First, just another quick reminder there’s a NEW Spotify playlist compiling every worst-list entry! Hit the link here and give it a follow if you want to listen along!
As I alluded to in the best list intro, 1980 is not the “real” 80s, both in the annoyingly pedantic literal sense (which I do not care about) and in the more spiritual, zeitgeist-y sense (which I probably care about a bit too much). There are plenty of returning 70s least-favorites on this list and just as many entries that, as bad music so often does, lag behind the times by at least a year or two. Though the seismic shifts in the music landscape affected the worst songs of the decade in more gradual and (mostly) less obvious ways, 1980 still feels like something of a turning point, a final dying gasp of ‘70s kitsch before new, equally pernicious trends begin tightening their grip on the charts. Before we get ready to meet the new boss, let’s see the old boss out with our first worst list of the 80s- On with the show!
#10: Rocky Burnette- Tired of Toein’ the Line
The rockabilly revival of the early ‘80s is likely one of more regrettable “revivals” in the history of modern music. Rockabilly is not, in my opinion, a sound that holds up especially well when removed from the context in which it was originally conceived; there’s just something about almost every instance of the genre from after 1966 or so that seems deeply wrong to me. This revival also just got off to a pretty unimpressive start- not with the arrival of a bold and promising new talent who ignited the charts with hit after hit like Carl Perkins or Elvis Presley, but with a fluke one-hitter who almost immediately slunk away from the pop world, never to return. Rocky Burnette is easily the worst thing about “Tired of Toein’ the Line”. Frankly, the song itself is too bland to even bring enough rockabilly flavor to really offend my anti-rockabilly sensibilities (sensi-billy-ties?). However, Burnette ends every line here in a pained, keening squawk, like someone is giving him a swift kick in the groin every 5 seconds or so, and the effect is… confusing. It should probably go without saying that it doesn’t sound very good, but it isn’t annoying or upsetting so much as just a bit puzzling. What was he going for here? What did he aim to achieve with that particular vocal tic? It doesn’t really do much to add feeling or energy to his performance, nor does it evoke much of the first wave of rock’n’roll. It’s just kind of there: a strange, awkward, embarrassing blemish on a very boring song, trying in vain to hearken back to a sound that should probably have been left well enough alone.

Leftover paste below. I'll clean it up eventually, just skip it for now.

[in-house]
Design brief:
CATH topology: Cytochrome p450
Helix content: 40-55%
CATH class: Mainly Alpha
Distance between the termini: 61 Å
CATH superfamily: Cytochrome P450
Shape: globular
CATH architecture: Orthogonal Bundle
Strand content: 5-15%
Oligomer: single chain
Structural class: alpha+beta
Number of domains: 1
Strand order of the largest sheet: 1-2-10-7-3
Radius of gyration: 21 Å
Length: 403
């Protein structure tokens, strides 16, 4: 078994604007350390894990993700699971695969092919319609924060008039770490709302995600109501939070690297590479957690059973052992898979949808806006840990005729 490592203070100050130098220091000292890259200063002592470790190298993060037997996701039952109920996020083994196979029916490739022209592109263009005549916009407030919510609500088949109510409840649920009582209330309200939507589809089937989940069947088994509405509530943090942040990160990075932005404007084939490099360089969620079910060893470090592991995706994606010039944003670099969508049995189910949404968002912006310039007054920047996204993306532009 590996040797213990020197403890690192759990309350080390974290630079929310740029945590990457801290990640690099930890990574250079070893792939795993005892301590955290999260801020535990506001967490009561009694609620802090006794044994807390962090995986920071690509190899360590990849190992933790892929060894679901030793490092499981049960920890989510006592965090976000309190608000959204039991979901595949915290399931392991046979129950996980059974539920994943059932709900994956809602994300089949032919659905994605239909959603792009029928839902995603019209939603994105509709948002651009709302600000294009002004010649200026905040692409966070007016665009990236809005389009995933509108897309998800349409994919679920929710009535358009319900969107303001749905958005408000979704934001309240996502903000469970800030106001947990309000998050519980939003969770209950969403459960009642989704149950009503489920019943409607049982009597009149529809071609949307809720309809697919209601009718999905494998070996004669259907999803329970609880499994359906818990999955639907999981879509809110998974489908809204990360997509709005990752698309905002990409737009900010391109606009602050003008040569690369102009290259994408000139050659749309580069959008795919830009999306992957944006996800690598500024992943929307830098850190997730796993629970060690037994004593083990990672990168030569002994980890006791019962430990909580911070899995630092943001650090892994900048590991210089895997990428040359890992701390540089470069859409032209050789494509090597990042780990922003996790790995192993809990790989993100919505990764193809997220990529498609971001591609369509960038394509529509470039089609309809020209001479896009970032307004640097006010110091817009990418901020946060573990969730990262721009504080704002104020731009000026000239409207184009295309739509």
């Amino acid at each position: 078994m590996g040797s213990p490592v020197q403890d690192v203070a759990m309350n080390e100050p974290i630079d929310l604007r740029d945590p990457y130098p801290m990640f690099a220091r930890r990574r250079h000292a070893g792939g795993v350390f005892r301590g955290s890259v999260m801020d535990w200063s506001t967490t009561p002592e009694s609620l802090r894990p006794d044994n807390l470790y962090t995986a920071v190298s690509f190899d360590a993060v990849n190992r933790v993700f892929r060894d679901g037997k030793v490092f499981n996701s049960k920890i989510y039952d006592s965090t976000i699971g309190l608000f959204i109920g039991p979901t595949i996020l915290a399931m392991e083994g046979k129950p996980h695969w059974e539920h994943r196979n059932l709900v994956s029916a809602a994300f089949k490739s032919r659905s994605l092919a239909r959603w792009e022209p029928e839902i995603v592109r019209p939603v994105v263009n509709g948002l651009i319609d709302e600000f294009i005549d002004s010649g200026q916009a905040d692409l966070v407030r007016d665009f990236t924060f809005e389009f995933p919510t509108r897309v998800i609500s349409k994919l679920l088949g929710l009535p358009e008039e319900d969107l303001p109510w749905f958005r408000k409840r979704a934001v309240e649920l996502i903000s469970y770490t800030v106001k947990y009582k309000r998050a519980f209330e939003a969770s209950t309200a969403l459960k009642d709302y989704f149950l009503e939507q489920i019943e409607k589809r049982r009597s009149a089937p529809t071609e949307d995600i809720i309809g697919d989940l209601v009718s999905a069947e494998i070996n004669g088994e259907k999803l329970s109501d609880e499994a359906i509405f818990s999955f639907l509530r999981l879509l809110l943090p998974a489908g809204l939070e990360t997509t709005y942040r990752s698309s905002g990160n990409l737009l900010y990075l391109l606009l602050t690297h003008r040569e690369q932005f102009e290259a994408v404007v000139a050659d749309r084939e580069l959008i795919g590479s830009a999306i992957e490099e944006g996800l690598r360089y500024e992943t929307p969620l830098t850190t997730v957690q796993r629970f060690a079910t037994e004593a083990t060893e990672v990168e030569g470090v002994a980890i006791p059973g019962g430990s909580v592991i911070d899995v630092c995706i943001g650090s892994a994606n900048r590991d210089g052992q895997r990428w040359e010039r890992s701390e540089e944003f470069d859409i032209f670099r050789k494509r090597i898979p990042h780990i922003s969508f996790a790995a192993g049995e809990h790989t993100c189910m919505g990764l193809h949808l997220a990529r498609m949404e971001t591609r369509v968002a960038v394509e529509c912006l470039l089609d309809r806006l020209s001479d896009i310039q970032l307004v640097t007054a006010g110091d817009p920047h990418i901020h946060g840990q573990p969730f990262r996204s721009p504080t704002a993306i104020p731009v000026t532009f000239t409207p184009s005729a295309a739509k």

#9: Styx- Babe